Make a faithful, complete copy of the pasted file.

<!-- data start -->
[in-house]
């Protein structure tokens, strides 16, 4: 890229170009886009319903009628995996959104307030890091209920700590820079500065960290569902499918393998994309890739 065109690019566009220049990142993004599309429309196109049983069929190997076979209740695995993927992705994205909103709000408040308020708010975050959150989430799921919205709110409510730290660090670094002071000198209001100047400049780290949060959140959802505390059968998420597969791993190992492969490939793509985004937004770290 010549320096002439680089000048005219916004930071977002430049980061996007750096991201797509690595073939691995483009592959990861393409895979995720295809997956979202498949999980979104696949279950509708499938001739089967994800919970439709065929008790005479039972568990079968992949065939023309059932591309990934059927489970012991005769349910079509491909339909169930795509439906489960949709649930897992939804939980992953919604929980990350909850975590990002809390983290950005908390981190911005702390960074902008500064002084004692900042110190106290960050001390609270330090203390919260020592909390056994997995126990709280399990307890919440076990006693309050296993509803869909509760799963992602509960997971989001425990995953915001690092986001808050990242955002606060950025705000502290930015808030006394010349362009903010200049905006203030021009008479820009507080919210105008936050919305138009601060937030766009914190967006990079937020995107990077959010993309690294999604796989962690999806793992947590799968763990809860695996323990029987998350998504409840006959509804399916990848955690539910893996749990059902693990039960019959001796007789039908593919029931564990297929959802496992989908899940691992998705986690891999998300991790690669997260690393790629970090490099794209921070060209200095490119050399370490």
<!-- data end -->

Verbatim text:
[in-house]
């Protein structure tokens, strides 16, 4: 890229170009886009319903009628995996959104307030890091209920700590820079500065960290569902499918393998994309890739 065109690019566009220049990142993004599309429309196109049983069929190997076979209740695995993927992705994205909103709000408040308020708010975050959150989430799921919205709110409510730290660090670094002071000198209001100047400049780290949060959140959802505390059968998420597969791993190992492969490939793509985004937004770290 010549320096002439680089000048005219916004930071977002430049980061996007750096991201797509690595073939691995483009592959990861393409895979995720295809997956979202498949999980979104696949279950509708499938001739089967994800919970439709065929008790005479039972568990079968992949065939023309059932591309990934059927489970012991005769349910079509491909339909169930795509439906489960949709649930897992939804939980992953919604929980990350909850975590990002809390983290950005908390981190911005702390960074902008500064002084004692900042110190106290960050001390609270330090203390919260020592909390056994997995126990709280399990307890919440076990006693309050296993509803869909509760799963992602509960997971989001425990995953915001690092986001808050990242955002606060950025705000502290930015808030006394010349362009903010200049905006203030021009008479820009507080919210105008936050919305138009601060937030766009914190967006990079937020995107990077959010993309690294999604796989962690999806793992947590799968763990809860695996323990029987998350998504409840006959509804399916990848955690539910893996749990059902693990039960019959001796007789039908593919029931564990297929959802496992989908899940691992998705986690891999998300991790690669997260690393790629970090490099794209921070060209200095490119050399370490």